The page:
The large three-meter cluster provides superior visibility with permanent illumination. The speedometer, located in the center of the cluster, features a large LED display providing of a broad range of information, including current fuel economy and range indications. These features might be dropped from the Thai model to save costs, but let's hope not.
In the current Jazz the steering column can tilt, but the Jazz two includes a tilt and telescopic steering column, and the driver seat is now height adjustable with a ratchet-operated system. This is good news for everybody as it will now be possible to find a more comfortable driving position.
According to Honda, the front seat is based on the seat frame of a middle-class sedan (Civic?) and fitted with springs and padding optimized for seat hold and ride comfort. The rear seats are 20 mm wider, 15 mm deeper, and have cushions 10 mm thicker for enhanced ride comfort. This is all good news.
Worth waiting for?
Yes! Even if we don't see all the improvements carry over from the Japanese Fit, the Jazz II will be a big step forward. Improvements in chassis rigidity, safety, and comfort will all be notable.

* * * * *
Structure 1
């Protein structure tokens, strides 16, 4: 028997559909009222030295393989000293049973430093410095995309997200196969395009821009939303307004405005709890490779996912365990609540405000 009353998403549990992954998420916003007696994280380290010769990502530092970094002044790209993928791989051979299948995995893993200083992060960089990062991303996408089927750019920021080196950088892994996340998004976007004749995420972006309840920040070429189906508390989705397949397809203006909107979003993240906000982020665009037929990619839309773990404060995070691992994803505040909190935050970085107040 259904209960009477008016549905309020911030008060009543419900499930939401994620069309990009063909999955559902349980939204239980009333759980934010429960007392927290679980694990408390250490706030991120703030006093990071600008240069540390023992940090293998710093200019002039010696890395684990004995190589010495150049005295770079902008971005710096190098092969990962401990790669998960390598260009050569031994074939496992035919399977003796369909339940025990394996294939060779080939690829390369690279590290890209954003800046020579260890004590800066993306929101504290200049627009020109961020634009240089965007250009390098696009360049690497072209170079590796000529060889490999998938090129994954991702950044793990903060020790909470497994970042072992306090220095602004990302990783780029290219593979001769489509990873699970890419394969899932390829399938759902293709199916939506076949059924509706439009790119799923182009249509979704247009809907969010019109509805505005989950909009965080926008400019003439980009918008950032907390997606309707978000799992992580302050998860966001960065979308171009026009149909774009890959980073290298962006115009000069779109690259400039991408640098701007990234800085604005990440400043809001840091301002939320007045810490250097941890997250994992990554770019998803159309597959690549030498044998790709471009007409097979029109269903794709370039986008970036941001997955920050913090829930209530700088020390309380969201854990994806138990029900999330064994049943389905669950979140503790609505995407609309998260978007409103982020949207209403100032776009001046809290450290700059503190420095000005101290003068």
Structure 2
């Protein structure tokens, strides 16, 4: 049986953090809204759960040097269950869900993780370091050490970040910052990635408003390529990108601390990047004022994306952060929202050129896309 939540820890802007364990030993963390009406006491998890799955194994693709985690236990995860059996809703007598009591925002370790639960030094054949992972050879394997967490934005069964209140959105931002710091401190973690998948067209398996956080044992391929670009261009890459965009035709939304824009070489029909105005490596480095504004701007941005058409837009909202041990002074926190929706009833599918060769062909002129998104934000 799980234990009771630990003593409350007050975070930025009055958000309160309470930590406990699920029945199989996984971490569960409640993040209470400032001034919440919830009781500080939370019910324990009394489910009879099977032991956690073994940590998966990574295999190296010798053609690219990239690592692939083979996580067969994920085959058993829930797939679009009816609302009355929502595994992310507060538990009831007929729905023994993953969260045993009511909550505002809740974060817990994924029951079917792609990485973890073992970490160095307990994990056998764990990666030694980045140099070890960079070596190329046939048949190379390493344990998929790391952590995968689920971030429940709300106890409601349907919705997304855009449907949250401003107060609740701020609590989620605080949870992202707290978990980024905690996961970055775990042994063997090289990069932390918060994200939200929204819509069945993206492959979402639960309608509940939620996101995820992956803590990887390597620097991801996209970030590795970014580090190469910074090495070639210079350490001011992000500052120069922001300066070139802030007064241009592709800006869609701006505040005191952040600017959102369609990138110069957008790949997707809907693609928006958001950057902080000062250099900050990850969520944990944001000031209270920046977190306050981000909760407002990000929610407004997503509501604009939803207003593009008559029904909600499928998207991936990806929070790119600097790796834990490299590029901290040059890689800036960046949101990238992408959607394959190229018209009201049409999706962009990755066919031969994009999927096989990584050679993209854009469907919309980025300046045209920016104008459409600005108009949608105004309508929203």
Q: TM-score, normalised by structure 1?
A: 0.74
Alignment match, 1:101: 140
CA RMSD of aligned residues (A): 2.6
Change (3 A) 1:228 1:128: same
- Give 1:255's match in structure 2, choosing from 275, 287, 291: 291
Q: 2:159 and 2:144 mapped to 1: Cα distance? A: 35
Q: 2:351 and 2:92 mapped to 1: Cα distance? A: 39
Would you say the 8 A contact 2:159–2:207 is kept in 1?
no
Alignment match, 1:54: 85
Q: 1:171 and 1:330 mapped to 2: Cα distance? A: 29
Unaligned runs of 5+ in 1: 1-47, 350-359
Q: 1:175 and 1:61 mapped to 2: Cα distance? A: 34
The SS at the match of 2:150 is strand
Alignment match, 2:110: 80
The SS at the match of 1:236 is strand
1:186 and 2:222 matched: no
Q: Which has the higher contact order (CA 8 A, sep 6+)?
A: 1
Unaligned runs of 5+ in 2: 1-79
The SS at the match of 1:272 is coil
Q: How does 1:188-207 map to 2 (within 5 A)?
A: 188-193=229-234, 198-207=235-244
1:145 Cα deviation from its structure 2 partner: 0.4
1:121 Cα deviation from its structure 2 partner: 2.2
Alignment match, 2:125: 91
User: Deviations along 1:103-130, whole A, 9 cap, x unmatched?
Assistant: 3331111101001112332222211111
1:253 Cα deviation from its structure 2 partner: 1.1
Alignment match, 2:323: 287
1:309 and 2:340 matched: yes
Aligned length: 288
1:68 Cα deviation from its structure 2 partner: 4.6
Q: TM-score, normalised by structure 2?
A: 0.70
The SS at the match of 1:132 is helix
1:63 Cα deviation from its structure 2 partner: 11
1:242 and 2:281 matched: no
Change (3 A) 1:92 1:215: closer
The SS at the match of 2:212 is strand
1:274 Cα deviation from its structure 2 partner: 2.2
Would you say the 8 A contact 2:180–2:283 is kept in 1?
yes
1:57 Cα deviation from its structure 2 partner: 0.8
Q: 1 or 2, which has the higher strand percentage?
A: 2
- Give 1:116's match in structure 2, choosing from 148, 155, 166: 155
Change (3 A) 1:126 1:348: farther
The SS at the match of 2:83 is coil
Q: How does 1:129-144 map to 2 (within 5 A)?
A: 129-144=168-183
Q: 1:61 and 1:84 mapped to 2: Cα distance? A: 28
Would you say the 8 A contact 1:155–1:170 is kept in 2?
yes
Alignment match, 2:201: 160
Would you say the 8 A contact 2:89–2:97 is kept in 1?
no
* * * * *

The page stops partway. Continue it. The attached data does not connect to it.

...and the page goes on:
The Yaris is currently no match for the Jazz, which offers more space (Yaris is particularly poor when it comes to load space) better engine, smoother ride, and better dynamics than the Yaris. If Honda can keep the pricing down, perhaps by offering the 1.3 i-VTEC in the lower end, then it should be a winner.
The small car segment is due to get interesting though, and Honda and Toyota are going to find things less convenient in the coming years. Mazda 2, Proton Savvy, and a perhaps a Chery or two, will all be added to the mix soon, as well as a Chevrolet Aveo hatchback.
The Jazz will still be hard to beat, as long as the pricing can be competitive.